How the Web3 and AI worlds collide

If AI can smoothen the rough edges of blockchain, there are some qualities it can definitely take - namely the truth-seeking verifiability of the technology and its decentralised nature.

August 29, 2023 03:36 pm | Updated 06:01 pm IST

Generative AI has grabbed the limelight from Web3 in recent months (FILE)

Generative AI has grabbed the limelight from Web3 in recent months (FILE) | Photo Credit: The Hindu

Generative AI has grabbed the limelight from Web3 in recent months. A little less than a year ago, several venture capital firms funded Web3 startups and crypto projects. Now, Generative AI is the apple of their eye. As the dust settles and a new winner emerges, some see a meaningful overlap between the two nascent industries. For starters, AI is capable of sifting through data, organising it, and presenting it in a useful way. This aspect of AI makes it industry agnostic in some sense.

“Intersections of AI and Web3 reveal instances where large language models (LLM) render on-chain data” that are humanly readable, Deep Gandhi, Investment Analyst with Hashed Emergent said. “Users can now simply input queries to understand on-chain data that previously seemed cryptic to most.”

While on-chain data is visible to everyone and contains all the details about the transactions recorded, like amount, time, wallet address and the fees, it isn’t necessarily interpretable by all. But LLMs are able to translate this complex blockchain data into simple natural language, making the technology far more accessible.

Belgium-based SettleMint, a low-code blockchain programming firm, added an AI assistant to its platform earlier this month to help Web3 developers write better smart contracts. Singapore-based Web3 startup Bunzz released an AI tool to help develop smart contracts with a click of button.

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Gandhi sees Generative AI streamlining processes in Web3 that “could attract numerous Web2 developers to the Web3 industry as they can now easily code customised smart contracts.”

AI coding assistants like GitHub Copilot have made it clear that AI inevitably makes life easy for coders. “It simply frees resources to focus their time and energy on better things. A team that may have needed three developers, may now only need two, and the additional resources can be deployed in UI/UX improvements. The productivity and cost improvements are key, especially to early-stage startups, as they can increase their runway and their chances to survive and succeed,” Ian Wittkopp, Head of Investments at Sino Global Capital said.

From a cybersecurity standpoint, AI helps in making “transactions more efficient during tokenisation thereby promoting more democratisation,” Sunny Vaghela, co-founder of Web3 cybersecurity firm, Zyber365, said. “With AI, there are more intelligent ways to secure data while sharing and maintaining it. AI will help make Web3 more open.”

Mutual benefits

If AI can smoothen the rough edges of blockchain, there are some qualities it can definitely take - namely the truth-seeking verifiability of the technology and its decentralised nature.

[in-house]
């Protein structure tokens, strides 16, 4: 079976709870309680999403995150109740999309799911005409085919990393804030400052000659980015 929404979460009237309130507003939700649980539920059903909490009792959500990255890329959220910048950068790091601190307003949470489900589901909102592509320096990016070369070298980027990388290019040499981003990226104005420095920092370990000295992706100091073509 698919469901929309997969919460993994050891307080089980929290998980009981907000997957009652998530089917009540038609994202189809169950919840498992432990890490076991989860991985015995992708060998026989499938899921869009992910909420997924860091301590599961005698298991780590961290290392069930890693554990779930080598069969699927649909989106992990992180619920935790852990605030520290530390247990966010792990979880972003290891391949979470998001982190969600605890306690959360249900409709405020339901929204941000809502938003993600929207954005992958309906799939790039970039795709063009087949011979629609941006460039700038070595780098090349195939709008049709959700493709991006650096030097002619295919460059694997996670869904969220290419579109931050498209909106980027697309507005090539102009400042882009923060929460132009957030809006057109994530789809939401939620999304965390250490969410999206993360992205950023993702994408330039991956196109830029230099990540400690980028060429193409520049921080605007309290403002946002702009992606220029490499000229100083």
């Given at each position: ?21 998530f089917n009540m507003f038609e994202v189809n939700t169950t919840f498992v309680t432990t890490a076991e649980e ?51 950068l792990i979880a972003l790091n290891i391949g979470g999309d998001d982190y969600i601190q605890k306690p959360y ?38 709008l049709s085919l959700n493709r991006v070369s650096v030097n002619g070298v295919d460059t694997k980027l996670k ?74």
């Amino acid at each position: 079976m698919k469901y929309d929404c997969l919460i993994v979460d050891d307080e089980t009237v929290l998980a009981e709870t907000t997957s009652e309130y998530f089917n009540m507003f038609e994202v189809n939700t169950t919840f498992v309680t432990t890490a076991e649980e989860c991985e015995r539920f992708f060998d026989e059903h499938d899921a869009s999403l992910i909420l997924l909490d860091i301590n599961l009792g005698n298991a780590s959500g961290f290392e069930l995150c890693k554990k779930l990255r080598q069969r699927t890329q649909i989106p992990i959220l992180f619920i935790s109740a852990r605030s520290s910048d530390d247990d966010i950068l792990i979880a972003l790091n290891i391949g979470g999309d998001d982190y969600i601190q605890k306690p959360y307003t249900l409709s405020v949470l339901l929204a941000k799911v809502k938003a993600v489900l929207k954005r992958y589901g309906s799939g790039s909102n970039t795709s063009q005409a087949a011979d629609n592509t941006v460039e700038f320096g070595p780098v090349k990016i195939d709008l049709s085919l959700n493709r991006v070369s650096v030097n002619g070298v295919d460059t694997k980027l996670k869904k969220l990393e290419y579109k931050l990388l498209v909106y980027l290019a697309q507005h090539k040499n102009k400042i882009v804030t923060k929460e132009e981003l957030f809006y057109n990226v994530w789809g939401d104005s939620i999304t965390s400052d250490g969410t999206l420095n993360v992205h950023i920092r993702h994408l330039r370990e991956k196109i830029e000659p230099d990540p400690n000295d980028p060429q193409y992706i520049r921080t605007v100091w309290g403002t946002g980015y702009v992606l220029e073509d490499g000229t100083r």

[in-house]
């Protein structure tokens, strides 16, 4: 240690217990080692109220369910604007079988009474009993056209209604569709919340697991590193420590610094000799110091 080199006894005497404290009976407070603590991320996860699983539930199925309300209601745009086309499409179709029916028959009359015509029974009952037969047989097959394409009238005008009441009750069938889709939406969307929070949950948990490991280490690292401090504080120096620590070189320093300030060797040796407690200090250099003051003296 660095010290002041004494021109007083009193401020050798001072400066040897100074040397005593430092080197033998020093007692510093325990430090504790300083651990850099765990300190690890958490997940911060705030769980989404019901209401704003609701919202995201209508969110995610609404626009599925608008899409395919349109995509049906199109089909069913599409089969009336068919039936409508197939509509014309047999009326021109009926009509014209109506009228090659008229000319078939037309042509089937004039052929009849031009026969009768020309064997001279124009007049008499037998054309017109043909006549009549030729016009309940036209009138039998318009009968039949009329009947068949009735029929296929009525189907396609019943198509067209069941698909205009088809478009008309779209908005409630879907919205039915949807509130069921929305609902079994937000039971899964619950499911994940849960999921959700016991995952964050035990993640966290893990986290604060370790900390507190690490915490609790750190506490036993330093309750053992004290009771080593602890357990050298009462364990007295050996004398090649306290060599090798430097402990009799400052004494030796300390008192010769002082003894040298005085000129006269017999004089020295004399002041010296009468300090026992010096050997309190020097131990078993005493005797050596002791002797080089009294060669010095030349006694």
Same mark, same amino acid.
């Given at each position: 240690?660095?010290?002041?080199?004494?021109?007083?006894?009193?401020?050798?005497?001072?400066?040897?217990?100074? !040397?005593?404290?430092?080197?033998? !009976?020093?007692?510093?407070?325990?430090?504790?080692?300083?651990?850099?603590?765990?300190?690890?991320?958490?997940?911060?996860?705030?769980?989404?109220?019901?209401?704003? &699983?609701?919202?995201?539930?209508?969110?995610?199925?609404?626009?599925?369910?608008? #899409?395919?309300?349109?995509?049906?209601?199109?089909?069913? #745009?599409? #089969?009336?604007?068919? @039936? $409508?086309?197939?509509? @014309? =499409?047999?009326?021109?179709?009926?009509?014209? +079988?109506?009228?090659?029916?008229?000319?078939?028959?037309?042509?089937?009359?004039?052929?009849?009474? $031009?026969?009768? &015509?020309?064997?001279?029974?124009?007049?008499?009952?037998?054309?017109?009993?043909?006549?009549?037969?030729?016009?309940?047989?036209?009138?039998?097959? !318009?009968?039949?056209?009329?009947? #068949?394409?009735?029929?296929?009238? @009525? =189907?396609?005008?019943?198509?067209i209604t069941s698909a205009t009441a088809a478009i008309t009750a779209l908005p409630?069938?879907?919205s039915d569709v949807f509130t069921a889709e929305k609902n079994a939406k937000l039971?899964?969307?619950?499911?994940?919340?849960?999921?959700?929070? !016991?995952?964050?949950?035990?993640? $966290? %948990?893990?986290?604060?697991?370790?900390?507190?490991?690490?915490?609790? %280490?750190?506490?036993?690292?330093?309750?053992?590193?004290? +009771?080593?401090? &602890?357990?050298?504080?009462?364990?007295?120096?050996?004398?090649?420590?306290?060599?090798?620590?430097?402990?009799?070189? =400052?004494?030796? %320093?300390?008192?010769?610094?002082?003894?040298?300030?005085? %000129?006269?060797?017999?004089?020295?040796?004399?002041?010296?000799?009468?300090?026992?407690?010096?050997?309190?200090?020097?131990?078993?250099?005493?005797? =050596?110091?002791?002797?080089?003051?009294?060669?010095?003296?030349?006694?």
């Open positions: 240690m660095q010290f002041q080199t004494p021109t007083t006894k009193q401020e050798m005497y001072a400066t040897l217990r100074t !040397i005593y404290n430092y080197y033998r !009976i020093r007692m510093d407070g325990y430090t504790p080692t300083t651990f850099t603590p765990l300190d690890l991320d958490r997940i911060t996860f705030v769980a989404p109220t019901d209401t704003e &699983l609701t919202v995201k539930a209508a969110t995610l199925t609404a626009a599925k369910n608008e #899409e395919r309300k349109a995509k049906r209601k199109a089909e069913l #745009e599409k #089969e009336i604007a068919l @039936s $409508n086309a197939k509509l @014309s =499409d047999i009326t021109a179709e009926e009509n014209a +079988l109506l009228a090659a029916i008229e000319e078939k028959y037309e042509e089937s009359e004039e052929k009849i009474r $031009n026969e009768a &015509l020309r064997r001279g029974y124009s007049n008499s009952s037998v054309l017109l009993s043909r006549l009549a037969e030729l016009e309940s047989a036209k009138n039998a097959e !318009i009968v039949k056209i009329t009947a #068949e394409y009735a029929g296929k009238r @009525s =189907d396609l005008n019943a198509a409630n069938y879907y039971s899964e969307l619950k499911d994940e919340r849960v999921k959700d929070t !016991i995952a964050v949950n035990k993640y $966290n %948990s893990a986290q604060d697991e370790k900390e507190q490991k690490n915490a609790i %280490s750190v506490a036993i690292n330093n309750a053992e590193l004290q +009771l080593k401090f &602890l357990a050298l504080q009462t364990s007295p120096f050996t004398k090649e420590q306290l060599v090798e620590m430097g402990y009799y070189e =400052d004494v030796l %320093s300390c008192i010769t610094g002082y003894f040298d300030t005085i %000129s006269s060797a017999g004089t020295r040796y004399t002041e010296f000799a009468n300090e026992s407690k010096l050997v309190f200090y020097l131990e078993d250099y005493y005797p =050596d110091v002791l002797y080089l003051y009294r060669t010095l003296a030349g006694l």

As the Internet is flooded with text, images, and audios, there are few ways to accurately gauge how authentic they are. “In this context, we’ll need mechanisms to verify whether something is human-generated or AI-created. In Web3, transactions are authenticated using the user’s private key to prove their legitimacy. Similarly, content across various modalities can be authenticated using the creator’s private key to prove its genuineness where one can verify signatures against the creator’s public wallet address,” Gandhi explained.

“Web3 tools can add a lot of value to Generative AI,” Raghav Agarwal, Investment Analyst with LongHash Ventures said. “Decentralizing the training process of models prevents AI hegemony in the hands of a few Big Tech companies.”

LongHash has long been exploring the meeting point of Web3 and AI. The fund invested early in ChainML, a community of independent actors that provide compute capacity for training and running AI models in a decentralized manner that can be accessed directly through smart contracts.

Gandhi suggests another way Web3 tools can help authenticate AI models using zero-knowledge proof (ZKP). Blockchain has a cryptographic technique called ZKP that allows one party to prove the validity of a statement to another party without revealing any specific information about that statement itself.

“We anticipate ZKP to let model providers make their model/weights private using ZKPs at the same time ensuring authenticity. ZKP provide unique advantages for model inferencing such as enabling users to share private data with model providers without exposing the actual data content,” he said.

Using this method, credit-scoring firms, for instance, can share information on users with lenders without revealing their personal financial information. And healthcare-related firms can share information about patients without disclosing specific medical reports. ZKP can assuage security concerns arising from use of data in LLMs.

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